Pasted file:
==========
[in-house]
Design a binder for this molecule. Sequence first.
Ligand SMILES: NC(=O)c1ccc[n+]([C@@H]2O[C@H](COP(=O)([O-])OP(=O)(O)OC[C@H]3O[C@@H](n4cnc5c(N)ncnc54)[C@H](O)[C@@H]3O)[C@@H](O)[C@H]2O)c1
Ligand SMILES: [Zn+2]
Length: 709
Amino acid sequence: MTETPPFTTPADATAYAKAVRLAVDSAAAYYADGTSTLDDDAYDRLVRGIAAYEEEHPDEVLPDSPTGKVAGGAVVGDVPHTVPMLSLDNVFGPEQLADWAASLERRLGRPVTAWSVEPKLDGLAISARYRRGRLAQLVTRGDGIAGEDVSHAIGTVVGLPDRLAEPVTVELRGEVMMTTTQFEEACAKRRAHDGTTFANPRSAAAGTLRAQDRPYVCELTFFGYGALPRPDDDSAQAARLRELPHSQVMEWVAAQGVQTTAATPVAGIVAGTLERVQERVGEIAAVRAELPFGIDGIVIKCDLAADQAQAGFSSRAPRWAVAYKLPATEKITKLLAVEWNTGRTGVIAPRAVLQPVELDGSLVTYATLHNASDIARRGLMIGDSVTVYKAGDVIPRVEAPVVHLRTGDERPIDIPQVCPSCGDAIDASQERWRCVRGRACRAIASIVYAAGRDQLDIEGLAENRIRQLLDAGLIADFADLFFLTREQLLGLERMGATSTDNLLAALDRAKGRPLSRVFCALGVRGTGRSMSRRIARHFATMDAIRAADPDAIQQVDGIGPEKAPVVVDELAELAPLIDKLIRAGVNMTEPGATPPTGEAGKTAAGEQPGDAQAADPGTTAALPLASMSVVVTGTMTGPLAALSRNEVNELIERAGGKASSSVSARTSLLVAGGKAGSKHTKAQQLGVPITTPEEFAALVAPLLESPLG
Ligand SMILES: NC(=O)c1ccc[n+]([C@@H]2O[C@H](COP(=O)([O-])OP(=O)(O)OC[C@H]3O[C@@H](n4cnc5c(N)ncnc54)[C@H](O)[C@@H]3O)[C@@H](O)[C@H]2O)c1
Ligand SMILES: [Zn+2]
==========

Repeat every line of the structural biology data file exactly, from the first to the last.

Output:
[in-house]
Design a binder for this molecule. Sequence first.
Ligand SMILES: NC(=O)c1ccc[n+]([C@@H]2O[C@H](COP(=O)([O-])OP(=O)(O)OC[C@H]3O[C@@H](n4cnc5c(N)ncnc54)[C@H](O)[C@@H]3O)[C@@H](O)[C@H]2O)c1
Ligand SMILES: [Zn+2]
Length: 709
Amino acid sequence: MTETPPFTTPADATAYAKAVRLAVDSAAAYYADGTSTLDDDAYDRLVRGIAAYEEEHPDEVLPDSPTGKVAGGAVVGDVPHTVPMLSLDNVFGPEQLADWAASLERRLGRPVTAWSVEPKLDGLAISARYRRGRLAQLVTRGDGIAGEDVSHAIGTVVGLPDRLAEPVTVELRGEVMMTTTQFEEACAKRRAHDGTTFANPRSAAAGTLRAQDRPYVCELTFFGYGALPRPDDDSAQAARLRELPHSQVMEWVAAQGVQTTAATPVAGIVAGTLERVQERVGEIAAVRAELPFGIDGIVIKCDLAADQAQAGFSSRAPRWAVAYKLPATEKITKLLAVEWNTGRTGVIAPRAVLQPVELDGSLVTYATLHNASDIARRGLMIGDSVTVYKAGDVIPRVEAPVVHLRTGDERPIDIPQVCPSCGDAIDASQERWRCVRGRACRAIASIVYAAGRDQLDIEGLAENRIRQLLDAGLIADFADLFFLTREQLLGLERMGATSTDNLLAALDRAKGRPLSRVFCALGVRGTGRSMSRRIARHFATMDAIRAADPDAIQQVDGIGPEKAPVVVDELAELAPLIDKLIRAGVNMTEPGATPPTGEAGKTAAGEQPGDAQAADPGTTAALPLASMSVVVTGTMTGPLAALSRNEVNELIERAGGKASSSVSARTSLLVAGGKAGSKHTKAQQLGVPITTPEEFAALVAPLLESPLG
Ligand SMILES: NC(=O)c1ccc[n+]([C@@H]2O[C@H](COP(=O)([O-])OP(=O)(O)OC[C@H]3O[C@@H](n4cnc5c(N)ncnc54)[C@H](O)[C@@H]3O)[C@@H](O)[C@H]2O)c1
Ligand SMILES: [Zn+2]